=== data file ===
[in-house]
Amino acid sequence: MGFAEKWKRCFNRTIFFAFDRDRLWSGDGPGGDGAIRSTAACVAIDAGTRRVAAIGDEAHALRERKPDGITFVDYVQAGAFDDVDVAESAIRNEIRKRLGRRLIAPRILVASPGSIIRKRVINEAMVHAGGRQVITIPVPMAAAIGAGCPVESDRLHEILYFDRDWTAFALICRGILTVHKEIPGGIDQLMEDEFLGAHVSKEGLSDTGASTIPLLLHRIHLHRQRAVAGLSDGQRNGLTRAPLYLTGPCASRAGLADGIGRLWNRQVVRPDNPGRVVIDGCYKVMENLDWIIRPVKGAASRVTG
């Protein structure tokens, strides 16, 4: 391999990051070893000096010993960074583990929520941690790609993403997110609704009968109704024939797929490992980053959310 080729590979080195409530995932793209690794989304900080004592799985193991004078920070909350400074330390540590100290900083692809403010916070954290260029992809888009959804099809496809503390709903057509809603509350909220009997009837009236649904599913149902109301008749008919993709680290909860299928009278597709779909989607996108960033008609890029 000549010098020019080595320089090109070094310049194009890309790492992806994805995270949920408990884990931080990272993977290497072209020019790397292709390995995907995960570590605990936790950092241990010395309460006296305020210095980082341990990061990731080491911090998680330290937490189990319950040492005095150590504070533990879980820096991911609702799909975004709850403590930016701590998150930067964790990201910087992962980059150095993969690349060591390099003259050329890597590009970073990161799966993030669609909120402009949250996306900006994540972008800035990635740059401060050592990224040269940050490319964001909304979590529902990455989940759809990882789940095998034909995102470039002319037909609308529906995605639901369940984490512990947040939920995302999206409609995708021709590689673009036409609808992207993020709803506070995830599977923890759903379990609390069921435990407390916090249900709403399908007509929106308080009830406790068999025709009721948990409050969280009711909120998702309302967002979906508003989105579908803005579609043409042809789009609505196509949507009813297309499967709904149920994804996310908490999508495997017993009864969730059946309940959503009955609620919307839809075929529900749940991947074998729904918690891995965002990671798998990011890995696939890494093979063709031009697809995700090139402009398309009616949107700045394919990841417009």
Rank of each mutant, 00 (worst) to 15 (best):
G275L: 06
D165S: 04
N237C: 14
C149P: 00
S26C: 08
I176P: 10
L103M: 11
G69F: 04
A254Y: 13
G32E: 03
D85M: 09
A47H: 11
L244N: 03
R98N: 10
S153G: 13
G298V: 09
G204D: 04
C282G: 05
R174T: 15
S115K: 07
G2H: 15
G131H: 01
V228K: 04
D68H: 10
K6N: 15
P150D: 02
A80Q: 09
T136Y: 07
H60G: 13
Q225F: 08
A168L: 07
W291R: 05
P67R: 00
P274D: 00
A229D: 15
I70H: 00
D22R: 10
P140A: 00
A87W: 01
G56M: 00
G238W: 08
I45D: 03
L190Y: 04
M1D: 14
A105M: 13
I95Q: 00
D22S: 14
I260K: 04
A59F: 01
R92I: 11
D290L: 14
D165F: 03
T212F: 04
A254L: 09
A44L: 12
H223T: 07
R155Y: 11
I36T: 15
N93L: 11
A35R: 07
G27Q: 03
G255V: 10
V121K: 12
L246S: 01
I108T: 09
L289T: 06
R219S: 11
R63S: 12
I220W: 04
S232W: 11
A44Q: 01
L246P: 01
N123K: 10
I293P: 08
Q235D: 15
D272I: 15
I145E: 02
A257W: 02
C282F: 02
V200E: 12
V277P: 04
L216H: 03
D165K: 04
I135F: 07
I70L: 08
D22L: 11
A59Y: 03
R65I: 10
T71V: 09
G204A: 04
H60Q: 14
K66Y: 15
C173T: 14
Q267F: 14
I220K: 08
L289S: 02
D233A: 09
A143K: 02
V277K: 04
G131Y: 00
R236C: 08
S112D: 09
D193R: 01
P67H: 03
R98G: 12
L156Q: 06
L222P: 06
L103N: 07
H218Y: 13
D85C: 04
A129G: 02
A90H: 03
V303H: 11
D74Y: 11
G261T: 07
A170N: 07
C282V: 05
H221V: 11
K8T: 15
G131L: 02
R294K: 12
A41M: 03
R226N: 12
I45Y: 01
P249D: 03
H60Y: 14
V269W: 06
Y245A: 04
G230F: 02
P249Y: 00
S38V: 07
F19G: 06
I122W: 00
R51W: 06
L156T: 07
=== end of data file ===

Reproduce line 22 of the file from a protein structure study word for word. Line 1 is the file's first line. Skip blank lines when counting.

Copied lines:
C282G: 05